Nebraska baseball

At a certain point, Nebraska baseball has to come back to earth.


Maybe it took a pair of disappointing home losses to Western Carolina in mid-March. Maybe it’s the law of averages telling us all Nebraska is a good baseball team. And maybe things are simply falling NU’s way. But whatever it is - it’s working.

Since those losses to WCU, Nebraska is 15-3-1 in its last 19 games. The Huskers have taken a series over Big Ten frontrunner Maryland and won a pair of tough road games against Indiana. They swept both College of Charleston and the annual two-game, home-and-home midweek set against Kansas State. 

And now, they welcome Iowa to Hawks Field for the first time since 2012, with an opportunity to keep rolling in the Big Ten. 

At face value, it looks like a competitive series. NU is 20-11-1, and Iowa is 20-11. Nebraska’s played well at home, and Iowa’s had a tough time on the road. Where Iowa has been markedly better is at neutral sites: a 6-3 record compared to NU’s 3-6.

But consider’s RPI: Nebraska comes into the weekend ranked 35th in the country. Iowa sits in the middle of the Big Ten at 95 - trending downward following a series loss to Northwestern last weekend. 

If those numbers mean much of anything, it’s Nebraska’s series to lose. 

That’s not to say Iowa isn’t a good team. The Hawkeyes have won eight of their last 10 games. And before back-to-back losses to Northwestern, the Hawks had won eight straight to surge into the Big Ten tournament’s eight-team safety zone, and pretty good in doing so.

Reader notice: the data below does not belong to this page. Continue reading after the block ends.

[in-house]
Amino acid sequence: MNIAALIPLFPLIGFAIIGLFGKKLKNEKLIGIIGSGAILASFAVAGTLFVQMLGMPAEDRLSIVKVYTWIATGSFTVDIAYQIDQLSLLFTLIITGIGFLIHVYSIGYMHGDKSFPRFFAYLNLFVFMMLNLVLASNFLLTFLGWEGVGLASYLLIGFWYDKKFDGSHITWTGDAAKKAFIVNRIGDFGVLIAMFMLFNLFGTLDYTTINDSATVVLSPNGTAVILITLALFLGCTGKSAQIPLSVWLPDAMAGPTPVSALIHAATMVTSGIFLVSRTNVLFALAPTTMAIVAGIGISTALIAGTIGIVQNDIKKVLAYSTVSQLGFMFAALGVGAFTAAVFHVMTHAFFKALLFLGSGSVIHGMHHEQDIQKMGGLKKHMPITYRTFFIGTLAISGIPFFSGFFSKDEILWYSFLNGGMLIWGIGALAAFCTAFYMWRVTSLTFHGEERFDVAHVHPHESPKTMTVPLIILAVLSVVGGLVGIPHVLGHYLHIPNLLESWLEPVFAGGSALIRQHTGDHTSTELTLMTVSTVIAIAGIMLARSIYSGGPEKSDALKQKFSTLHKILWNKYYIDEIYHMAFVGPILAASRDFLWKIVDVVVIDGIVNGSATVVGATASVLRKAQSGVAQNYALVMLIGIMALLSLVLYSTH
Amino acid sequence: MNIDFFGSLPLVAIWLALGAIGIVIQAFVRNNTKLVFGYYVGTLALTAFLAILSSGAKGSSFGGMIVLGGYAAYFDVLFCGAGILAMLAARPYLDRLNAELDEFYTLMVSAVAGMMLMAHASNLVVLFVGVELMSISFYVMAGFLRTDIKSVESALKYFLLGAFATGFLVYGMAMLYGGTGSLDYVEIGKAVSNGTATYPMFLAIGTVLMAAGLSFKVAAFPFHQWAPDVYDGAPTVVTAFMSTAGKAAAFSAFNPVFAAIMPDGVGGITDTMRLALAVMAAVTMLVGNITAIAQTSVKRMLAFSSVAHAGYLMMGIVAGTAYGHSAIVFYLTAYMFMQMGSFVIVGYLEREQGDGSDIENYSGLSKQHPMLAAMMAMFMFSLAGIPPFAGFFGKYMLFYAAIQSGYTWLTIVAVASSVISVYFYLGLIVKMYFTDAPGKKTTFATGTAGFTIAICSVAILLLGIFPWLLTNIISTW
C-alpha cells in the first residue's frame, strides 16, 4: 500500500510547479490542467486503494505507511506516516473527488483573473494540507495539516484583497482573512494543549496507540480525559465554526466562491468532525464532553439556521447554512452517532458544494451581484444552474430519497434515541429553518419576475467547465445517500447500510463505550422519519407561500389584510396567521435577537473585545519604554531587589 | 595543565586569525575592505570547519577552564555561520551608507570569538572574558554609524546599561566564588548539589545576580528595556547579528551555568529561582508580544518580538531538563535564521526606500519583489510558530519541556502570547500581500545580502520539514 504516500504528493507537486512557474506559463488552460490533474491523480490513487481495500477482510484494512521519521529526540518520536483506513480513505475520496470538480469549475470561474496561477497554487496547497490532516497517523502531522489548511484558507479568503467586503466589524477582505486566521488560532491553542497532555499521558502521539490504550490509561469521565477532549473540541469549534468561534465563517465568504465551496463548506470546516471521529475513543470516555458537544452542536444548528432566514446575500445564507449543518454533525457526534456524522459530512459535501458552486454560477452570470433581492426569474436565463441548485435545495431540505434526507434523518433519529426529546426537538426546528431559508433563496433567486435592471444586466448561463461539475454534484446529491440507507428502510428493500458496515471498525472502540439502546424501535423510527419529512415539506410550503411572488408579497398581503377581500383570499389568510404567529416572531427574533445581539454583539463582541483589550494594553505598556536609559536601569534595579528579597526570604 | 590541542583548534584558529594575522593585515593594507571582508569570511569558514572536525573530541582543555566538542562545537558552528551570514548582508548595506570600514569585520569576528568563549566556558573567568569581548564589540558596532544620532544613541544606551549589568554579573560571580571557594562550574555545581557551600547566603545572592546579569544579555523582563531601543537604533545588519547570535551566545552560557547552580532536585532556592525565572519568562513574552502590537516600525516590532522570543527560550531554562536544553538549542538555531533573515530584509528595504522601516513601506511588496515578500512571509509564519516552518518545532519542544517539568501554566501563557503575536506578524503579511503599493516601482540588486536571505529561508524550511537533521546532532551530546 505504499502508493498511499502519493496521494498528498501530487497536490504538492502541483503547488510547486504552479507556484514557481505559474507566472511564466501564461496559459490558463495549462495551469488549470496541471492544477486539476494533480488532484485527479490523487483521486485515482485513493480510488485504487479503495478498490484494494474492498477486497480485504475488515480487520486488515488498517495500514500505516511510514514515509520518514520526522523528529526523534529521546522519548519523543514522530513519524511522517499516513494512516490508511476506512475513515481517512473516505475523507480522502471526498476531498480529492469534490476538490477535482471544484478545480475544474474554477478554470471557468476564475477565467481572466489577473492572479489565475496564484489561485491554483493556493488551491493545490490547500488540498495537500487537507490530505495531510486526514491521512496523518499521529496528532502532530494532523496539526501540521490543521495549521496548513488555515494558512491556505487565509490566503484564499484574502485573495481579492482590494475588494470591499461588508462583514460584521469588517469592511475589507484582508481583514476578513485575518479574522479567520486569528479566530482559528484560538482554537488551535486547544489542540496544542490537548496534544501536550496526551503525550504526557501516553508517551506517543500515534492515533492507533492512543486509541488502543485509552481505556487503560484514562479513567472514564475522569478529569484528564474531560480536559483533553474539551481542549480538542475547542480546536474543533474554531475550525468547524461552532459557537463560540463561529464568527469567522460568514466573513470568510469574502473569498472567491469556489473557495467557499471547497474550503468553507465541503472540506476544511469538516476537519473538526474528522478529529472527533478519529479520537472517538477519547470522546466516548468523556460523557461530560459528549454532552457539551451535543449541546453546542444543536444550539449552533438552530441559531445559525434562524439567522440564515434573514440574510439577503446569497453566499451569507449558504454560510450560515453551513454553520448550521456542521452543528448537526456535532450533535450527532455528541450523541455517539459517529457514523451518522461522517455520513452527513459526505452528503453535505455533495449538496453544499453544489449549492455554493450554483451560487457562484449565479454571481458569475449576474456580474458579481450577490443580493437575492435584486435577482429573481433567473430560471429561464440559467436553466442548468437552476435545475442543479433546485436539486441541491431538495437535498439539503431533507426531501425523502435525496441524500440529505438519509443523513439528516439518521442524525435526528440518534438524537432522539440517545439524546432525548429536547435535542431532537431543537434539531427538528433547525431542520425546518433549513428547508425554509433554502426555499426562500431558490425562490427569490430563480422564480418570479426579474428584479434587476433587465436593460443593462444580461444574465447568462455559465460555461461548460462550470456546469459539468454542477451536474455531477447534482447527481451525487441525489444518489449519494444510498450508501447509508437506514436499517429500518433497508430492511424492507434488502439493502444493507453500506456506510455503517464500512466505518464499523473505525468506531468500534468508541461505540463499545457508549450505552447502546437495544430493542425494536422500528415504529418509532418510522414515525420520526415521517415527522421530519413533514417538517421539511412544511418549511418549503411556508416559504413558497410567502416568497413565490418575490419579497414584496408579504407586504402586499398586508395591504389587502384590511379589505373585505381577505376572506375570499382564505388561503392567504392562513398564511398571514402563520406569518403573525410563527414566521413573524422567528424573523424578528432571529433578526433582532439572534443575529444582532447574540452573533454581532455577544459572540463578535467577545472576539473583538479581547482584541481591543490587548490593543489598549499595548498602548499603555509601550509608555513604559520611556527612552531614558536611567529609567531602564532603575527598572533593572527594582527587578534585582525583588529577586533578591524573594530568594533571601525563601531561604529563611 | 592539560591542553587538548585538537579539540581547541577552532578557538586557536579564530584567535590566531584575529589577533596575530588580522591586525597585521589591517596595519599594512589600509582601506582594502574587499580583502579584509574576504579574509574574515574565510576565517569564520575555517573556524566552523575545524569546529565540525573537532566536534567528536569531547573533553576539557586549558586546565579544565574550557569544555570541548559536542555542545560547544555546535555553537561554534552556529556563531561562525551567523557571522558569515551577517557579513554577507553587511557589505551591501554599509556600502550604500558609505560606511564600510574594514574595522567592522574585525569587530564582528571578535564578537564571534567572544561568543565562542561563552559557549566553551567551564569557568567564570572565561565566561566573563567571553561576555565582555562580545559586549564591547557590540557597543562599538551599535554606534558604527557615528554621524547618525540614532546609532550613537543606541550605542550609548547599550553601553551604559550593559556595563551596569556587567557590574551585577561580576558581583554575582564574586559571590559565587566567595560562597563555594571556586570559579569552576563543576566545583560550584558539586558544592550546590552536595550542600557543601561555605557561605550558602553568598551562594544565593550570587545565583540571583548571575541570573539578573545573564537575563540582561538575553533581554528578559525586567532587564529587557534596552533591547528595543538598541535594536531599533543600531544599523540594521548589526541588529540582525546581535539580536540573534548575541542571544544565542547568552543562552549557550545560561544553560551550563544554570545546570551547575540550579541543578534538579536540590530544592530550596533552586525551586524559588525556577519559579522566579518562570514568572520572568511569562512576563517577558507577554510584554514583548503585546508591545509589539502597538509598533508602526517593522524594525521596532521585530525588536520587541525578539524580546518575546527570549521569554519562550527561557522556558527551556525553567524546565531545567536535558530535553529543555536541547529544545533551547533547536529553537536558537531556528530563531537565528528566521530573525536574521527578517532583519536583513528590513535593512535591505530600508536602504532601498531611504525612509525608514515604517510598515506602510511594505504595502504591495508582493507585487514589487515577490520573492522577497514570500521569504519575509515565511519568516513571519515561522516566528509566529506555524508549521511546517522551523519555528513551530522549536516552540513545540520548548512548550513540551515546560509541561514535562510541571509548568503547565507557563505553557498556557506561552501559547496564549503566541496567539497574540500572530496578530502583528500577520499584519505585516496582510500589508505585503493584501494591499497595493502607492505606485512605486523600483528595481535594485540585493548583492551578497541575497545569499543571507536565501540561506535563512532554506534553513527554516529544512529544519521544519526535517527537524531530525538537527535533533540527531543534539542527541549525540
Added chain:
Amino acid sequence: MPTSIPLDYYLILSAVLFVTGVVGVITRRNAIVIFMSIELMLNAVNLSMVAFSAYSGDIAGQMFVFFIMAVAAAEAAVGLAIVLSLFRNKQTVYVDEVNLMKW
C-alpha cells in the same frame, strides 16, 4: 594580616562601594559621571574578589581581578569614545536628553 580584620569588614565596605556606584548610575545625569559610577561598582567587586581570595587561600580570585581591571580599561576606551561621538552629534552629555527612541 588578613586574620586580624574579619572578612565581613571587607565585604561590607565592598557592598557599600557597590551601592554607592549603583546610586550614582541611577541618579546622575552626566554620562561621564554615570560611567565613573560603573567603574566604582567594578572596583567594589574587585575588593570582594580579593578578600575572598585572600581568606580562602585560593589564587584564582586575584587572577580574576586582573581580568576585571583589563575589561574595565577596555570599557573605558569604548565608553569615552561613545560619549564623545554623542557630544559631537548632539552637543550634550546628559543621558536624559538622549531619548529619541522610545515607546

Jake Adams is as dangerous as any hitter in the country. After two years at Des Moines Area Community College, the junior is slashing .341/.421/.707 in his first 31 games at the D1 level. Sure, it’s a small sample size, but Adams leads the Big Ten in home runs (13), RBIs (43) and slugging percentage. In 2016 at DMACC, he finished with 25 homers, 75 RBIs and an .860 slugging percentage. Regardless of level, those numbers are absurd, and he’s a threat to do significant damage this weekend. 

Beyond Adams, the Hawkeyes are hitting .285 and slugging .433 as a team. In the Big Ten, only Michigan State (.469) hits for more power than Iowa, and the Hawks average 6.1 runs per game. The Hawkeyes have five regulars, hitting better than .300 and four regulars with an on-base percentage better than .400.

Iowa’s crutch, however, is pitching. The staff’s 4.10 ERA is in the top-half of a conference with plenty of inflated team ERAs, but beyond the April 14 starter Nick Gallagher (2.15 ERA, 41 Ks/8 BBs in 46 IP), there isn’t a whole lot of depth. The Hawkeye pitching won’t blow anyone away, and they’ve played one of the conference’s easiest schedules. Iowa won’t have to play Michigan, Indiana, Maryland or Minnesota this year. 

It’s an opportunity for Ben Miller, who’s 19-for-39 in his last nine games, to continue his roll. Because of Miller’s resurgence, it’s easy to forget about Scott Schrieber, who qualifies as Jake Adams’ comparison in the NU lineup. Angelo Altavilla is quietly still hitting above .300, and Mojo Hagge still reaches base as often as any Nebraska player has. 

Pitching matchups favor Nebraska, too. Jake Hohensee (4-2, 2.16 ERA) vs. Gallagher April 14 is a wash. But based on quality of opponents faced, you’d give the nod to Derek Burkamper (2-2, 3.64 ERA) over Ryan Erickson (0-1, 3.76 ERA) April 15 and Jake Meyers (5-1, 2.25 ERA) over Cole McDonald (2-2, 5.34 ERA) April 16.

Really, if NU continues playing at the level it has over the last month, it’s hard to see Iowa winning the series. Crazier things have happened, but let common sense prevail this weekend.

Barring inclement weather, the series begins at 6:35 p.m. April 14. Game two will get underway at 6:05 p.m. April 15 and the two teams wrap it all up at 2:02 p.m. April 16.